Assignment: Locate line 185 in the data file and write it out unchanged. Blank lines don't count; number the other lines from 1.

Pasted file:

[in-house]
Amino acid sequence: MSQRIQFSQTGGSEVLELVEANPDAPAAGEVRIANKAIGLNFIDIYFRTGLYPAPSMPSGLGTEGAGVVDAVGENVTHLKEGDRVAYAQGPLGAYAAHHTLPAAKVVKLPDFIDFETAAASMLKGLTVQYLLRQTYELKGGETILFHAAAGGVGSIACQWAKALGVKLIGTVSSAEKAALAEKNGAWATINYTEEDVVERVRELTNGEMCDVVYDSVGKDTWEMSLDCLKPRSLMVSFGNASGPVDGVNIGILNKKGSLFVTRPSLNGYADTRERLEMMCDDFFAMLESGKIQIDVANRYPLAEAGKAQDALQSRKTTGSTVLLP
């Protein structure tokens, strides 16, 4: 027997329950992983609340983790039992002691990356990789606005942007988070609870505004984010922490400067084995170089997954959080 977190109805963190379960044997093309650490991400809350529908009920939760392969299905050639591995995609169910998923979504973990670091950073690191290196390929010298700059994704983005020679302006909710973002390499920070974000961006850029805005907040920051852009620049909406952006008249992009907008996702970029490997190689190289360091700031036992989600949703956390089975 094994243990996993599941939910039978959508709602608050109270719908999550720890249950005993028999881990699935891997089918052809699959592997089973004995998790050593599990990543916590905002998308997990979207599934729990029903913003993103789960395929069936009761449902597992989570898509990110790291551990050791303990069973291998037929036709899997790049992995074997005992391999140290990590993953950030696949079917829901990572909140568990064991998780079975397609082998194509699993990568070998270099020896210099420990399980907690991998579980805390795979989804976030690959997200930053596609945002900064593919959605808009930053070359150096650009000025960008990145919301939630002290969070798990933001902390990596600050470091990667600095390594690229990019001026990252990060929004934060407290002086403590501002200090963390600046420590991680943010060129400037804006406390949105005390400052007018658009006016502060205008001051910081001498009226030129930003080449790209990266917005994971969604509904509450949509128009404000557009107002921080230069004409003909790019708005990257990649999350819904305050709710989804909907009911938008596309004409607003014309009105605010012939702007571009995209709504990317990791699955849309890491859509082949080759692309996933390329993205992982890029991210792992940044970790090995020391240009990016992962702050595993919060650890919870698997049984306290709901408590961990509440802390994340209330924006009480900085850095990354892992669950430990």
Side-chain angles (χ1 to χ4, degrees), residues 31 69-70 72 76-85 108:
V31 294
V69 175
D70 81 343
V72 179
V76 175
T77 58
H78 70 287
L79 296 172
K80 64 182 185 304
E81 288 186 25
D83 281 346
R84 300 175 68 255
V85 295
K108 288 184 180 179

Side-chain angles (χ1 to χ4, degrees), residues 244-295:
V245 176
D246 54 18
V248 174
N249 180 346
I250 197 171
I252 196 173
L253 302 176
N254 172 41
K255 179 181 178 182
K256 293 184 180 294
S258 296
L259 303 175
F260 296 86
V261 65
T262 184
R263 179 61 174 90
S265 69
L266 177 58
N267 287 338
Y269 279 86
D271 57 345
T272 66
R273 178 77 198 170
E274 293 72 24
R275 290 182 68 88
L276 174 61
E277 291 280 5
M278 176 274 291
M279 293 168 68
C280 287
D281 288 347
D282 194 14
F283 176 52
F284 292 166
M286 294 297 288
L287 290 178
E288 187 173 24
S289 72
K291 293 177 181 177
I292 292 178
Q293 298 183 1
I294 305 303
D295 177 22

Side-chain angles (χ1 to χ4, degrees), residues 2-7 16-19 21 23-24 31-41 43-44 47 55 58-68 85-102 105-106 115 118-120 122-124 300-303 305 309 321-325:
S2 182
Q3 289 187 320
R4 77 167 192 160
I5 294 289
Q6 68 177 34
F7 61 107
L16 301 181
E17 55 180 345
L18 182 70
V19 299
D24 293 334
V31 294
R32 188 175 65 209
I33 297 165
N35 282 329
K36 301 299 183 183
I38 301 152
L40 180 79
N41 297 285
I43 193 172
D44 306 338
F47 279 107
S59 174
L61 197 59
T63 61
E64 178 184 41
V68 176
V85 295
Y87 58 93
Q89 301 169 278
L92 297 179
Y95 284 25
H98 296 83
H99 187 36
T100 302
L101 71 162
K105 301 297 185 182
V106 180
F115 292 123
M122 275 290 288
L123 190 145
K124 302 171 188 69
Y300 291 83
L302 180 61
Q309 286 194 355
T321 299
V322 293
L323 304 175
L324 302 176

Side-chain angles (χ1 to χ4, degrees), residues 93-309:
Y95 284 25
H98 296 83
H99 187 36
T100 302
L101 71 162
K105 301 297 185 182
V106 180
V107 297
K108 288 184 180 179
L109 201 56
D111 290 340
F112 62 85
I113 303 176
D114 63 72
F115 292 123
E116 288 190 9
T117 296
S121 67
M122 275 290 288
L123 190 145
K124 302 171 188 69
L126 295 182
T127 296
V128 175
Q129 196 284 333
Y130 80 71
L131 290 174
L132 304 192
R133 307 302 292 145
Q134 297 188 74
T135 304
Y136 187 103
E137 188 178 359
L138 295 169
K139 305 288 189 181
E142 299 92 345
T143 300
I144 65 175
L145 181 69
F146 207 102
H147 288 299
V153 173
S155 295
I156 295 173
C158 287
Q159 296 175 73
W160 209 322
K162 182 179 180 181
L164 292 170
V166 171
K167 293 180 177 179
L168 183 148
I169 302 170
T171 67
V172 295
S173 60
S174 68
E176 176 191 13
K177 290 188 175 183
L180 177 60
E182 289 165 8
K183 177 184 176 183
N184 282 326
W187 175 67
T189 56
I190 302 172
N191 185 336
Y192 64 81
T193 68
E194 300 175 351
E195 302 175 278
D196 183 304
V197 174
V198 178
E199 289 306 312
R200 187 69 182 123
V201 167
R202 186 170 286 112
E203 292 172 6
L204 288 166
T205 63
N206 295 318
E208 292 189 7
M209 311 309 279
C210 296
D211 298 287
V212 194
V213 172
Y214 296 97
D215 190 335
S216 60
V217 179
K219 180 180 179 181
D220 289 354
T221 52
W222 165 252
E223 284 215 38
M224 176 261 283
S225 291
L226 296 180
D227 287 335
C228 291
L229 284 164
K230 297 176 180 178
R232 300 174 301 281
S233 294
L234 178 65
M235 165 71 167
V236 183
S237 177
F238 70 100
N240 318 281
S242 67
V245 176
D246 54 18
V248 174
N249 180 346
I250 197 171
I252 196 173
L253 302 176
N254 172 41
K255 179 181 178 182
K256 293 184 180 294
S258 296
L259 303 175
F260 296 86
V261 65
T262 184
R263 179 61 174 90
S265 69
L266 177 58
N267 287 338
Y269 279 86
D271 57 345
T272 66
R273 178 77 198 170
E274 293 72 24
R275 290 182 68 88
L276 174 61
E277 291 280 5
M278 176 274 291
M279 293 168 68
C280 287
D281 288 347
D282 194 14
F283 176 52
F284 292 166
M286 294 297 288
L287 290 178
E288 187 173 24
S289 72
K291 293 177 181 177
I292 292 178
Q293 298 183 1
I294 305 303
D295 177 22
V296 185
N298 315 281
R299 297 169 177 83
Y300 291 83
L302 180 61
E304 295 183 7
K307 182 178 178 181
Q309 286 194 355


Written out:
D196 183 304